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Shortened quarantines for employees located through contact tracing might have made COVID-19 spread “exponentially,” a study suggests.
Infection preventionists (IPs) and other health care professionals had been warned just how vulnerable they were to contracting COVID-19 almost from the very beginning of the pandemic. Health care professionals had also beenwarned that that vulnerability extends to what could be considered social settings in a hospital, such as lunchrooms or breakrooms.
SARS-CoV-2 moves fast, often with the help of asymptomatic carriers. By the time an IP discovers the first health care employee who has gotten COVID-19, it’s very possibly too late to prevent an outbreak among staff, according to a study in the American Journal of Infection Control.
“Our study shows that containment of a single SARS-CoV-2 infection within a department is particularly difficult once the spread has started, resulting in an exponential spread of SARS-CoV-2 infections,” write investigators with Mainz University Medical Center in Germany.
While the wearing of personal protective equipment (PPE) matters, proper airflow in a hospital setting also needs to be maintained.
“When treating patients with known COVID-19 infection or suspicious of COVID-19, full PPE was used (FFP2 mask, face shield or goggles, gown, double gloves),” the study states. “Of note, the wards and lunchrooms are not equipped with ventilation systems [except] for regular windows. In contrast, all the operation rooms have a ventilation system which is mandatory.”
One health care professional (Patient 1) in the urology department at Mainz University Medical Center tested positive for COVID-19. But as has been dramatically, and too often tragically, proven over the course of the pandemic, finding an infected person does not tell providers how long the person has had COVID-19, let alone how far and wide he or she may have spread it. Patient 1 wound up causing 7 additional infections inside the medical center and another 7 outside the facility.
“During the first spread of SARS-CoV-2, it was assumed that viral transmission can occur up to 7–14 days before first symptoms set in, which is particularly relevant when preventive measures were not followed under all circumstances, which was the case in the early phase after implementation of safety measures,” the study states. “However, the exact timeframe of infectiousness before the onset of COVID-19 symptoms is still not clear, despite increasing knowledge about SARS-CoV-2.”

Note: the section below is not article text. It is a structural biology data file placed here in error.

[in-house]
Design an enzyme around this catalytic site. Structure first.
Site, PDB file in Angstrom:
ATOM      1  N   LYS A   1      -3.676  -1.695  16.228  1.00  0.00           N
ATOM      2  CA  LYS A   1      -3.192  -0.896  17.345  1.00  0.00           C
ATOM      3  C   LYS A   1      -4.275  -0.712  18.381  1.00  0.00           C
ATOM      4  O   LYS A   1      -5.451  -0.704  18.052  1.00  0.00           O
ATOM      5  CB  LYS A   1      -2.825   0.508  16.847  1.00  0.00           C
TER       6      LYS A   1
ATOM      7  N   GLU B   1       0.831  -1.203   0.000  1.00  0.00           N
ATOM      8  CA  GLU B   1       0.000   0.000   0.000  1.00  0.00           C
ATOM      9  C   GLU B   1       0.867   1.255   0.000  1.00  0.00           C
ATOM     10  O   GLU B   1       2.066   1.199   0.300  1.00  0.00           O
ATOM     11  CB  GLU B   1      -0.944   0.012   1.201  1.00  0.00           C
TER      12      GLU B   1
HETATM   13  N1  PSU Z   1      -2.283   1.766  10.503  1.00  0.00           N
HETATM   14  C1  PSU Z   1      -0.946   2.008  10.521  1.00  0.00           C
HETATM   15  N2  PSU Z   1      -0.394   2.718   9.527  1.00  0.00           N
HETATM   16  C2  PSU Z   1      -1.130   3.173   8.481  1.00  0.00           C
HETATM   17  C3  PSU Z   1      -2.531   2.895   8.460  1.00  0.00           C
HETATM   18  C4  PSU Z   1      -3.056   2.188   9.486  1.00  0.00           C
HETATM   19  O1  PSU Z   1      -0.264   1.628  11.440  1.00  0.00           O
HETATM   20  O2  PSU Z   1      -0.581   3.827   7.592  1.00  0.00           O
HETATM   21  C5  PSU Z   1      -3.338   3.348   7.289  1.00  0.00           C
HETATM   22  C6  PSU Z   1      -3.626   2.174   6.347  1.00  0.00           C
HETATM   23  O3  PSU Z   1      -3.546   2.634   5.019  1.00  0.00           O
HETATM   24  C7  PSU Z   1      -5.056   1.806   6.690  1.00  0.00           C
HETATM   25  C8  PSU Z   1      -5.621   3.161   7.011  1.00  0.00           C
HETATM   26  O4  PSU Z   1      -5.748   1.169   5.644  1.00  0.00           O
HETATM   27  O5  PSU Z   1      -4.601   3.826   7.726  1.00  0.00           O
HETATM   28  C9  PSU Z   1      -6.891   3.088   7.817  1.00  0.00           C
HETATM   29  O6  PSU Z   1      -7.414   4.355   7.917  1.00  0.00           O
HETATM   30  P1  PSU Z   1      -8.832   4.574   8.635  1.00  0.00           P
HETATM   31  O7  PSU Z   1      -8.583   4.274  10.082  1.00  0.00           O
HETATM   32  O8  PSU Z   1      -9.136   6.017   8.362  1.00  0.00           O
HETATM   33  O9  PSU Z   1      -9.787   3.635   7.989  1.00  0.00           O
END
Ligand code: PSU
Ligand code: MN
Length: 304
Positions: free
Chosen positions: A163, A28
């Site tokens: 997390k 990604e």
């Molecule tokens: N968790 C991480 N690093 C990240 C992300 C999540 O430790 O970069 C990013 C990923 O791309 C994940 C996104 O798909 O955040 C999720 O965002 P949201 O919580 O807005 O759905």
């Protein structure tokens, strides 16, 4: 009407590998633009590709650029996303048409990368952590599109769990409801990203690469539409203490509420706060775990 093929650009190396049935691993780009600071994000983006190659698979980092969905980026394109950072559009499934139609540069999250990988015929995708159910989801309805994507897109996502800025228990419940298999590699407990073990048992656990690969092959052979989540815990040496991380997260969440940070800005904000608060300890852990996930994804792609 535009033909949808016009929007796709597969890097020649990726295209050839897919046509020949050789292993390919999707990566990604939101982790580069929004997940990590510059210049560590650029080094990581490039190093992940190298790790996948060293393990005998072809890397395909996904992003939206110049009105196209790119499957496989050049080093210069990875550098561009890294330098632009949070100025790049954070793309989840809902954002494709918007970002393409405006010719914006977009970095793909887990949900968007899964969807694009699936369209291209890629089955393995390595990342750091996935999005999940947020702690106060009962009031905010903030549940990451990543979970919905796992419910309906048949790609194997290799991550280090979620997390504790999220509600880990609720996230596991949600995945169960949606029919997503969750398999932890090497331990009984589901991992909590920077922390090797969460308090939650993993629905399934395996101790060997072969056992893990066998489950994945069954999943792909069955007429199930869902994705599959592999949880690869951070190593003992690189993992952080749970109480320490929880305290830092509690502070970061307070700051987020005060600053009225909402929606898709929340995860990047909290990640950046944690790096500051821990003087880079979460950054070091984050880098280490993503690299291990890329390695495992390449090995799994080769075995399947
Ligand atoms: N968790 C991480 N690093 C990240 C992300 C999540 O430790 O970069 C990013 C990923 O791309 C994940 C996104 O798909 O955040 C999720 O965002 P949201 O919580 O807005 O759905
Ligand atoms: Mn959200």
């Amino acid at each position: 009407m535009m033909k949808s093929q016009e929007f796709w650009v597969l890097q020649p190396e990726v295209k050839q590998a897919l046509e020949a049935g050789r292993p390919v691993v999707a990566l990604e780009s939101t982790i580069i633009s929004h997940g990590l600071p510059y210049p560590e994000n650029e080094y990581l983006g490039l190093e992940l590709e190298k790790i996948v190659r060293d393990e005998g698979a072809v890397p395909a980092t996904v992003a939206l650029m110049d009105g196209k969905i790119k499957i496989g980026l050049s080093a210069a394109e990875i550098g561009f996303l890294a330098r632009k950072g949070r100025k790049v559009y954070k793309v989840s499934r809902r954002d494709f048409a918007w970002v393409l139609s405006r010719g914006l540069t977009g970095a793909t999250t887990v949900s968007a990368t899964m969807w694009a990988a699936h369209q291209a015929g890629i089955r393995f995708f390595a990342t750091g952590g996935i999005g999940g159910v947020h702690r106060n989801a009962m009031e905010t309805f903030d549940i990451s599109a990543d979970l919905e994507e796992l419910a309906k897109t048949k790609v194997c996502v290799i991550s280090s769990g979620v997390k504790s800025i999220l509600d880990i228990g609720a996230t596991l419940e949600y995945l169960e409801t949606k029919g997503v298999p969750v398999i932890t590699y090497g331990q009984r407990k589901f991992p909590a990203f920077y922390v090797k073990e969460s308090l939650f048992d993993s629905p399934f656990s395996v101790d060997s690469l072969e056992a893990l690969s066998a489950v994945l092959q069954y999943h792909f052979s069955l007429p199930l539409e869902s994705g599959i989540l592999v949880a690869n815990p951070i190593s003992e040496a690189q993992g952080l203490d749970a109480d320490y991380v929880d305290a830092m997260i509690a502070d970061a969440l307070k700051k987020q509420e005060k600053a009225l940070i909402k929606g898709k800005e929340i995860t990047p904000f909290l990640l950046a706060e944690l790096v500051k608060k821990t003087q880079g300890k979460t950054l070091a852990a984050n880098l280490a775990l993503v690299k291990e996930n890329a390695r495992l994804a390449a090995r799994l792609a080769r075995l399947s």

In March and April 2020, during COVID-19’s first surge, administrators at the medical center ordered that all employees be tested for the coronavirus with a real-time quantitative polymerase chain reaction (rt-qPCR) test, just as a precautionary measure. Patient 1 had returned from Austria complaining of mild flu-like symptoms. On March 14, 2020, Patient 1 tested positive for COVID-19.
The medical center used contact tracing which resulted in those who’d had direct contact with Patient 1 (called category 1 contacts) being quarantined for 14 days. During quarantine, they were tested for SARS-CoV-2 often “until symptoms ceased and 2 consecutive SARS-CoV-2 tests were negative,” the study states. Then those employees could return to work, according to recommendations by the Robert-Koch-Institute (RKI).
However, remember, a COVID-19 surge needed to be contained and health care workers were at a premium. The RKI adjusted its guidelines, saying that staff who’d had direct contact with a person with COVID-19 could have shortened quarantines.
All of the 7 urology department staff who contracted the disease had worked closely with Patient 1. “During work hours, they had all been wearing face masks, however, they had shared a lunchroom for breaks without wearing their face masks,” the study states.
On the 24th day of the outbreak, another staff member had tested positive for SARS-CoV-2 “had worked during one shift with a rotating nurse, who was tested positive shortly after. They had been wearing masks during work hours, but thorough inquiry revealed that they had shared a lunch without wearing face masks.”
Kevin Kavanagh, MD, a member of Infection Control Today®’s Editorial Advisory Board has warned about society’s focus on COVID-19 mortality rates, and what Kavanagh sees as a lack of concern about long COVID—how the disease can ruin your life (or at least make life more difficult) without killing you.
“One of the things that’s really frustrated me with this epidemic and pandemic is that people are totally focused on dying…,” he told ICT® in January. “But in actuality, the disabilities are much, much more concerning because that is even affecting the young people.”
In the urology department at Mainz University Medical Center, 3 of the staff who’d been infected appear to be suffering from long COVID. One staff member, who’d had mild asthma and was overweight before the pandemic, “experiences ongoing anosmia, ageusia and dysgeusia. He also describes frequent episodes of fatigue after moderate physical activity.”
Another developed unilateral paresthesia near the ophthalmic nerve. The third staff member suffers from cerebral microinfarctions and bilateral stenosis of the internal carotid arteries. That person has undergone one surgery on one side, and—as of the study’s writing—awaited surgery for the contralateral side. The 3 staff members were ages 47, 52, and 55 respectively.
The study concludes: “Outbreaks of SARS-CoV-2 are particularly difficult to contain in a medical setting, where employees work in close physical proximity. Stringent adherence to preventive measures, particularly wearing face masks at all times, seem to be effective. Middle-age individuals appear to be at greater risk for long-lasting symptoms of COVID-19, even after a moderately severe course of the infection.”